Suzuki exceeds all expectations on day one of racing

The Suzuki Swift Sport and its drivers came out guns blazing on the first day of the 2023 Simola Hillclimb.

All three drivers – Wesley Greybe, Kumbi Mtshakazi and Sudhir Matai – started the day with a good first run and then proceeded to set even faster times with every subsequent run up the hill.

Suzuki Auto South Africa entered the Simola Hillclimb in Class A1 for production sports cars with three standard versions of its Suzuki Swift Sport. They asked a professional driver (Greybe), a journalist with motorsport experience (Matai) and a complete rookie (Mtshakazi) to pilot the hot hatches up the hill.

Greybe and Mtshakazi drove Swift Sport auto models and Matai picked the slick-shifting six-speed manual model.

Each of the drivers reported increasing levels of comfort with their own abilities, their knowledge of the hill’s right-left-right turns and the predictability of the Swift Sport’s abilities.

“The Swift Sport is like a Russian doll. If you are a complete novice, you will enjoy the turbo boost and the slick gearshift.

“Later, as you get more comfortable behind the wheel and more experienced, you uncover the Swift Sport’s sharp steering, progressive braking and responsive throttle.

“Ultimately, as a pro, the Swift Sport rewards you with its specially tuned chassis, its progressive power delivery and its light weight that allows for quick direction changes, without the penalty of body roll or understeer,” says Chelsey Pinto, Product Planning and Sales Development Coordinator at Suzuki Auto and Team Manager for the 2023 Suzuki Swift Sport Team at Simola.

Wesley Greybe set the fastest times of the day. He is an experienced driver at Simola, having piloted a manual Swift Sport in 2022.

He started the day with a 56.748 second run. Keep in mind that the track was still relatively cold and unforgiving in the early hours of Saturday morning.

By the third qualifying round, Greybe had cut more than two seconds off his time. This is a lifetime in a track sport that separates first and tenth place by a hundredth of a second.

“You cannot overemphasise the importance of a predictable sports car. The Swift Sport never wavered, the brakes never faded, and the tyres gripped in the same spots every time.

“This gave us, as the drivers, the confidence to play with tyre pressures, racing line and with our launch off the line,” says Greybe.

Greybe acted as the mentor of the two hillclimb novices, Matai and Mtshakazi. Runs were recorded on video and the three drivers poured over the replays to find the best racing line, the best braking spots and the best strategy for conquering the Simola Hill.

“The first run was truly nerve-racking. Imagine all the people watching you and you are trying your best to just keep the car on the road.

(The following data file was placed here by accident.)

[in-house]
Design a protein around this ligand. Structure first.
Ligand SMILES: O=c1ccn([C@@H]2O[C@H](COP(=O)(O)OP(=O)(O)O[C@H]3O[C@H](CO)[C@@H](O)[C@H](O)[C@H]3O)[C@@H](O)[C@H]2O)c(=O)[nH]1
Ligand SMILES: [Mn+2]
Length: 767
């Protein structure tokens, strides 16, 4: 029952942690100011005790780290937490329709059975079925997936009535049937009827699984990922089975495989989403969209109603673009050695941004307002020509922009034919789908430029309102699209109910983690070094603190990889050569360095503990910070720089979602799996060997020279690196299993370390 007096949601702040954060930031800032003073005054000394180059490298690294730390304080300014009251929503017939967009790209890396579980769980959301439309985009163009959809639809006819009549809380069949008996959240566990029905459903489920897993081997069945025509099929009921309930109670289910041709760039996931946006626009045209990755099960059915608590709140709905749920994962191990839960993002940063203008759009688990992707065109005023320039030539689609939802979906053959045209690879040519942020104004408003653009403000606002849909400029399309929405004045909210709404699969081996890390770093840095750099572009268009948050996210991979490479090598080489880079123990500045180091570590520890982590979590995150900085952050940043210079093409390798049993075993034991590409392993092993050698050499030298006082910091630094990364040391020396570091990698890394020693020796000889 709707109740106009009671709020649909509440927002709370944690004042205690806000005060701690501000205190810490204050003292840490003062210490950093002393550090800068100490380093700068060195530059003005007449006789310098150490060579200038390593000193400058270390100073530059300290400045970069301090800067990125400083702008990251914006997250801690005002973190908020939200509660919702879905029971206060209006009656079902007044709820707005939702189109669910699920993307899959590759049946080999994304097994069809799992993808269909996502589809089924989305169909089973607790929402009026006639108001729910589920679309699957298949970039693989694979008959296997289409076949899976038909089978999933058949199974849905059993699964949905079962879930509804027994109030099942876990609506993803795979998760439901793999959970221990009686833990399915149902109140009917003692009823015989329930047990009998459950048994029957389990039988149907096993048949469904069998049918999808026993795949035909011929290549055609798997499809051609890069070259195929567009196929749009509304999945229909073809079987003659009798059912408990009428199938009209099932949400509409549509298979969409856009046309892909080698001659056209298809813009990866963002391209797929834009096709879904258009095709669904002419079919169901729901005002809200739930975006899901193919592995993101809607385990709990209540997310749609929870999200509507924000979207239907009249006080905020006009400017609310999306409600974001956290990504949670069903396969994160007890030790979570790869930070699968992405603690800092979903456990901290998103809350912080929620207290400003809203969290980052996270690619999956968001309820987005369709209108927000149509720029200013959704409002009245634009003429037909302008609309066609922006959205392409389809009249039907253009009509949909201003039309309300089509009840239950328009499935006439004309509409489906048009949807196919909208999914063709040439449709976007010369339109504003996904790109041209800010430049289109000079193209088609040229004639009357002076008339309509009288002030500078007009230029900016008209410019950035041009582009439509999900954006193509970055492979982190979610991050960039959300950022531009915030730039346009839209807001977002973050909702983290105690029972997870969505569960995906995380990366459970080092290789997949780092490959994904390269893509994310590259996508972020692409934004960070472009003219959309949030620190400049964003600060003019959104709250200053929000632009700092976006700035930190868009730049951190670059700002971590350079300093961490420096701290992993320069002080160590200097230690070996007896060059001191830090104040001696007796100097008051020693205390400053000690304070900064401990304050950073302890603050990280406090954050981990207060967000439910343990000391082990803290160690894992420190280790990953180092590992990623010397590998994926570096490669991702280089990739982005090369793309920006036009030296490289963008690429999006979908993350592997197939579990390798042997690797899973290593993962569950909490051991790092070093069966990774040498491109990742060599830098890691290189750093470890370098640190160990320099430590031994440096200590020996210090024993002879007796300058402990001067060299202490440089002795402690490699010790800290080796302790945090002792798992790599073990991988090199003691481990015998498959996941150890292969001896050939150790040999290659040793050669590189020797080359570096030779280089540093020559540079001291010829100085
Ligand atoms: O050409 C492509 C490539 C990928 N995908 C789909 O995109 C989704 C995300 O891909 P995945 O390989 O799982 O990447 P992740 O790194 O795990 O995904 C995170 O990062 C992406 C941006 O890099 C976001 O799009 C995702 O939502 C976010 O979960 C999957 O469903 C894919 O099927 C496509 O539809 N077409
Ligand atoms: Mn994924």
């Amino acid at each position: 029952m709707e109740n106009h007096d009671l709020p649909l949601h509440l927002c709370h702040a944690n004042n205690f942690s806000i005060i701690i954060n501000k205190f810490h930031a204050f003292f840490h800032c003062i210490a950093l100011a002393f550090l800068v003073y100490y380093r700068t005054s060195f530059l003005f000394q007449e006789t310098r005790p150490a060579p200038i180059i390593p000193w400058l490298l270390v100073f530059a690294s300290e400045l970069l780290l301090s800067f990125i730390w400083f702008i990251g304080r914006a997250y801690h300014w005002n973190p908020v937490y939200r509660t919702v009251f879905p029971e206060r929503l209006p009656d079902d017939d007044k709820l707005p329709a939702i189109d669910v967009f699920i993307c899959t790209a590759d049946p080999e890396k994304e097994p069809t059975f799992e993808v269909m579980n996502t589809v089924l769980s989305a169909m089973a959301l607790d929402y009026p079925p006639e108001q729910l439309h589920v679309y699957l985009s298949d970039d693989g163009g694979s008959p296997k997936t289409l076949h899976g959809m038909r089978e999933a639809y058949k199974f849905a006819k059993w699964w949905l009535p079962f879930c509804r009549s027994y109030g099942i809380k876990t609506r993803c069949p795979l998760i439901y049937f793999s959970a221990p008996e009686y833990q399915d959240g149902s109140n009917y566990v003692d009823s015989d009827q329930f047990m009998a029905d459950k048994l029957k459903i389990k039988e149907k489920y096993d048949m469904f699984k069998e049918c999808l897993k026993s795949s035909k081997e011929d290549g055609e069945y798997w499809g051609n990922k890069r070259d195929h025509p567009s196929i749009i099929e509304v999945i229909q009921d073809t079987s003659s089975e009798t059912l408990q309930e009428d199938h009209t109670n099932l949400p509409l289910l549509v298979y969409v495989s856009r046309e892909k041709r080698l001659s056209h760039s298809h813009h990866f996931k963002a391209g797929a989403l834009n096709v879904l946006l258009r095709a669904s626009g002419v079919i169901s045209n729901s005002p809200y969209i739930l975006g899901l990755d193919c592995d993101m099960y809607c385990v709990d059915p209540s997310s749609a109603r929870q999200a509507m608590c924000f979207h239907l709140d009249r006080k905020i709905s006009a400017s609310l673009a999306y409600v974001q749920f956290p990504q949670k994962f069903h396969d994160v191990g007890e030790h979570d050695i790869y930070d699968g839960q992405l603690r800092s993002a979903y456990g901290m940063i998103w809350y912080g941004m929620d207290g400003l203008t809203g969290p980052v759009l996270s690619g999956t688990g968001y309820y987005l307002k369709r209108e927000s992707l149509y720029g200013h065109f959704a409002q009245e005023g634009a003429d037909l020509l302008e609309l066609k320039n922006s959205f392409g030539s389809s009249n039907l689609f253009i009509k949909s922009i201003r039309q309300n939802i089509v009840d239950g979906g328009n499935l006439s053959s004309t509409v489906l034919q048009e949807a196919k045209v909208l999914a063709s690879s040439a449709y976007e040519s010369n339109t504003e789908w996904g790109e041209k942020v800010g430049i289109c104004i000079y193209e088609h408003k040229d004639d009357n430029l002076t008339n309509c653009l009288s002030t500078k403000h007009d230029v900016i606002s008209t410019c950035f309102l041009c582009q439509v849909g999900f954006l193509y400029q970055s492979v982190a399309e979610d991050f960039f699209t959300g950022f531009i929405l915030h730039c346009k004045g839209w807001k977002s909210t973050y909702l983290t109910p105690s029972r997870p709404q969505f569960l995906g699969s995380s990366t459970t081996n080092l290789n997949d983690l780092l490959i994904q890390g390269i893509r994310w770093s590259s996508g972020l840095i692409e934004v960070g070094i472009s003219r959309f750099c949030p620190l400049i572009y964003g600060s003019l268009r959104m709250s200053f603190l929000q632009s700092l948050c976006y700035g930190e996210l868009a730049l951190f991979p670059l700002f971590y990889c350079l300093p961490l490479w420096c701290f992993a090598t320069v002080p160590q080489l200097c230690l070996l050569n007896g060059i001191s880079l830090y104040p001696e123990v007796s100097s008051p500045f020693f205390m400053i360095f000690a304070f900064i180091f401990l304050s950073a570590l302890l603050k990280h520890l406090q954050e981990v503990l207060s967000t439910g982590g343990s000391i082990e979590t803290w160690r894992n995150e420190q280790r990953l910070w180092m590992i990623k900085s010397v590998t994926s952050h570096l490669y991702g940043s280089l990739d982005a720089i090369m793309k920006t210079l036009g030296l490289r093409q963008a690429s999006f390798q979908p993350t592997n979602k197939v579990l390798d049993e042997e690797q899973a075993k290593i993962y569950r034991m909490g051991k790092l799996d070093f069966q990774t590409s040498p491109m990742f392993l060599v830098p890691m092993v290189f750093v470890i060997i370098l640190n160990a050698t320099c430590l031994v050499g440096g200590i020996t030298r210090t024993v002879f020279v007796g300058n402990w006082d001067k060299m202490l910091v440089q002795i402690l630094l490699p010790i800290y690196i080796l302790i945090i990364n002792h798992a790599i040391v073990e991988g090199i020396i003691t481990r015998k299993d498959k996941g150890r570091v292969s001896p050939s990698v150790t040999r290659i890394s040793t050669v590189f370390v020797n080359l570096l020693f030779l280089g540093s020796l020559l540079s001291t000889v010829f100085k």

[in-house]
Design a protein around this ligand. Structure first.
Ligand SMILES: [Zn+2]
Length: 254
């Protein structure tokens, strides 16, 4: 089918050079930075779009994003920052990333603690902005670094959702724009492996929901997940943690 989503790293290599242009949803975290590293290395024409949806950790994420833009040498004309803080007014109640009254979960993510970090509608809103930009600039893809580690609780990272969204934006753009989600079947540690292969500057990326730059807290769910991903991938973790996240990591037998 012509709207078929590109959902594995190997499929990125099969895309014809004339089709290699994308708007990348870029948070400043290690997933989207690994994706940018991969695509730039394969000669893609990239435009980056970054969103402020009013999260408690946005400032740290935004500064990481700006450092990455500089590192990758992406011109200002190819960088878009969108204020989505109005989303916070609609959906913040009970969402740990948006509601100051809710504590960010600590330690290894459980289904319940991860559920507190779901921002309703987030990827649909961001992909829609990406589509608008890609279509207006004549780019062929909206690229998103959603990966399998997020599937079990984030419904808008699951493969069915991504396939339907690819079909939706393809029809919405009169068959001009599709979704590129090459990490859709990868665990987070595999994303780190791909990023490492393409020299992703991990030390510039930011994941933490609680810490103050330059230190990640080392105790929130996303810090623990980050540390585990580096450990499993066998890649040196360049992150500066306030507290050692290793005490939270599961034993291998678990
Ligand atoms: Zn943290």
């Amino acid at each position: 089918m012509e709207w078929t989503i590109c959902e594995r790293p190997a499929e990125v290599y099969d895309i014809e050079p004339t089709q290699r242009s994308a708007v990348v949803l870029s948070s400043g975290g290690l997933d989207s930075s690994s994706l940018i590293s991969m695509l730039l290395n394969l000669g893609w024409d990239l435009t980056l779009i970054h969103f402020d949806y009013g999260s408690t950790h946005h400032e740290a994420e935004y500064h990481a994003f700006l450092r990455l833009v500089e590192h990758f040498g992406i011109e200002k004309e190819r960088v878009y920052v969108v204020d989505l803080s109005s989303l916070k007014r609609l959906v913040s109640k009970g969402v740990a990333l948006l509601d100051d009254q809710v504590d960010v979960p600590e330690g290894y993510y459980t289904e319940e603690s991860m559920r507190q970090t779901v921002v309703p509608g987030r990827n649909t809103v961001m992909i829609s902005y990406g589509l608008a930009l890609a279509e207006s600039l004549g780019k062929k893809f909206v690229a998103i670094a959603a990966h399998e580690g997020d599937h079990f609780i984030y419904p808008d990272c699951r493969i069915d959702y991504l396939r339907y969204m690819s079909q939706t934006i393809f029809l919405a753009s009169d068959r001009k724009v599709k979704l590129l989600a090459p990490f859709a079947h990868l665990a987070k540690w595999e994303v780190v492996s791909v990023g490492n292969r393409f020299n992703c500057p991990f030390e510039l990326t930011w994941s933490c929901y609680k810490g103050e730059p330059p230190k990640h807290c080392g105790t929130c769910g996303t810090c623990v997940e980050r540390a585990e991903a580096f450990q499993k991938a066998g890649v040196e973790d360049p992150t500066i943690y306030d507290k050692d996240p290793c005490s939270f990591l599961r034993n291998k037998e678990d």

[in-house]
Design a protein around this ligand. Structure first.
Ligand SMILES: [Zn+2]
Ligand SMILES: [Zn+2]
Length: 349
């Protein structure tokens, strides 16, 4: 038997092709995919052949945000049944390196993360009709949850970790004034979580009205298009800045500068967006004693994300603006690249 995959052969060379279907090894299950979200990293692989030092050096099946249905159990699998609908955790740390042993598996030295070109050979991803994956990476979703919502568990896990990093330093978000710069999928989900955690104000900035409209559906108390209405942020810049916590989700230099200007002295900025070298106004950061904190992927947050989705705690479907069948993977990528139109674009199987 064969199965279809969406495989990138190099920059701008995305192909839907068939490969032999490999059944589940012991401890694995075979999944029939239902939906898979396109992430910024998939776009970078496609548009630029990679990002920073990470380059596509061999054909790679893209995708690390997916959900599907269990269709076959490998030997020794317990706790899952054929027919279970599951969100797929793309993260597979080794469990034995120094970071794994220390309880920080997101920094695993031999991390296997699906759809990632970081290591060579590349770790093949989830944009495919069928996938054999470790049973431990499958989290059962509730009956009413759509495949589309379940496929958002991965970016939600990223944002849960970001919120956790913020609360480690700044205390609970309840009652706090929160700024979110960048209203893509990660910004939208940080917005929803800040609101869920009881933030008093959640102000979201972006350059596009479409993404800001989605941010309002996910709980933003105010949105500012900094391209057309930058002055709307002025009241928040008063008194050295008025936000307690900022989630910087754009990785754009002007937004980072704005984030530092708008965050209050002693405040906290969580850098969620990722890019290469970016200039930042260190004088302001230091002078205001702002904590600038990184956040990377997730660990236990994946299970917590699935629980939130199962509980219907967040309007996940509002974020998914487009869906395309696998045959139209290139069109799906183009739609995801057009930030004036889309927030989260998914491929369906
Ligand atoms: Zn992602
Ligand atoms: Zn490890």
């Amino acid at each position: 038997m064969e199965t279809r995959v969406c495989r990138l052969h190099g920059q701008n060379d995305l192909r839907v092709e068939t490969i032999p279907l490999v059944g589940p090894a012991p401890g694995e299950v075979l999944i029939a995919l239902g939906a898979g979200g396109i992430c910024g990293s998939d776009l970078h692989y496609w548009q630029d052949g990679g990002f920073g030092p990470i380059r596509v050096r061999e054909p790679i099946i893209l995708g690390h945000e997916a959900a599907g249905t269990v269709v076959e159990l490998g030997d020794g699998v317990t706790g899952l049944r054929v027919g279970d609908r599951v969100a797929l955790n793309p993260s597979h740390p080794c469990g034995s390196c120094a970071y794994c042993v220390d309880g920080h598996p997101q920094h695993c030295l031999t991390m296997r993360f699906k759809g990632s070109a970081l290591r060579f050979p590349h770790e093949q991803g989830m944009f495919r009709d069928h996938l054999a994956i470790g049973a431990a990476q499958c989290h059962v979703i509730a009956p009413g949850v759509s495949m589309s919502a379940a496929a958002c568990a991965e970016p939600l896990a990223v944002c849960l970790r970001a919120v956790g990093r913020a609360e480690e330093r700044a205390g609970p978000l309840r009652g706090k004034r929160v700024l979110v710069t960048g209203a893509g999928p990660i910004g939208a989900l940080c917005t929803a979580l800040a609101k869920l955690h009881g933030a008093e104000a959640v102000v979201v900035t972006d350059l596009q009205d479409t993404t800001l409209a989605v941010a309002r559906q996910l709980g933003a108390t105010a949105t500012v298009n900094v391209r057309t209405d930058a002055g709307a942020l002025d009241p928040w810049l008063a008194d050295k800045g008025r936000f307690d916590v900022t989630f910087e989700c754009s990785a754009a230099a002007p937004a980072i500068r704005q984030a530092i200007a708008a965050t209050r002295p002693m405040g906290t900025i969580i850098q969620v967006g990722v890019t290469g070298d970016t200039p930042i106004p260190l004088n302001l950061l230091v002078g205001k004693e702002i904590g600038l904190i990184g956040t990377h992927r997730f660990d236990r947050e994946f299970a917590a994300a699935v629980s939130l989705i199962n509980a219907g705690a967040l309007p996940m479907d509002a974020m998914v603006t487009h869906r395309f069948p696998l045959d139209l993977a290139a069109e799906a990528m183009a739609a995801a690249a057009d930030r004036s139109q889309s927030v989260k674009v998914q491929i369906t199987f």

“But the Swift Sport is such an underrated car. It not only forgives your mistakes, but it encourages you to push harder. I definitely haven’t found its limits yet,” says Mtshakazi.

Mtshakazi was crowd favourite. He was introduced to the crowd as a young and inexperienced driver, yet he set the third best time in class A1 on the very first run.

“I decided to push hard from the very first run. Ultimately, I was given an opportunity to race up the Simola Hill and I wanted to make the most of it.”

Sudhir Matai had a different approach. As an experienced racing driver, Matai had a far more scientific approach to his day.

“You set a time, and then you gradually chip away at that time. I wanted to make the most of the day’s practice and slowly settle in behind the wheel.”

Having said that, Matai’s race computer showed that he was on the limiter by the second qualifier.

“I just decided to keep my foot flat and leave it to the Swift Sport’s chassis to sort out the twists. On the second-last run I heard the limiter kick in in third gear. That is quite something for a standard production car to reach this level!”

Behind both Mtshakazi and Matai’s performance was the cool head of Greybe. He is the Simola Hillclimb’s mad scientist who watched each rider’s track videos with a keen eye.

After every run, Greybe would discuss the racing line with Mtshakazi and Matai and give pointers on what they could do better. He was most critical of his own performance and would rewatch his own runs multiple times.

“The auto was a treat. Last year, I drove a Swift Sport manual and I really enjoyed the way the gears change as slick as a light switch. But this year, I had the paddle shifters of the auto, and I could leave the gearbox to its own devices if I wanted to focus on my racing line,” says Greybe.

“This allowed me to carry more speed into turn two and three and to throw the car into the corner, hold on for dear life and watch how the Swift Sport emerged cleanly on the other side.”

Greybe led the pack with his times. He started with a time of 56.748 and ended the third qualifying round with a time of 54.395, enjoying being placed second.

This is much better than his best time in 2022, which earned him a spot on the Simola podium.

Matai set a first run time of 1:01.264 – he was still finding his feet – and by the end of the day, he stormed past Mtshakazi with a time of 55.237 seconds.

Mtshakazi had the crowds cheering when he shot off the line for a first-run time of 1:00.221 and ended the day on a very impressive 56.649.

Says Pinto: “At the start of the weekend, I thought I would challenge our drivers to match last year’s impressive times. Now, with the Sunday racing ahead of us, I have decided that we can do even better. So I have thrown down the gauntlet to our drivers and challenged them to set a sub-55 second time. I know the Swift Sport can do that, if their nerves hold!”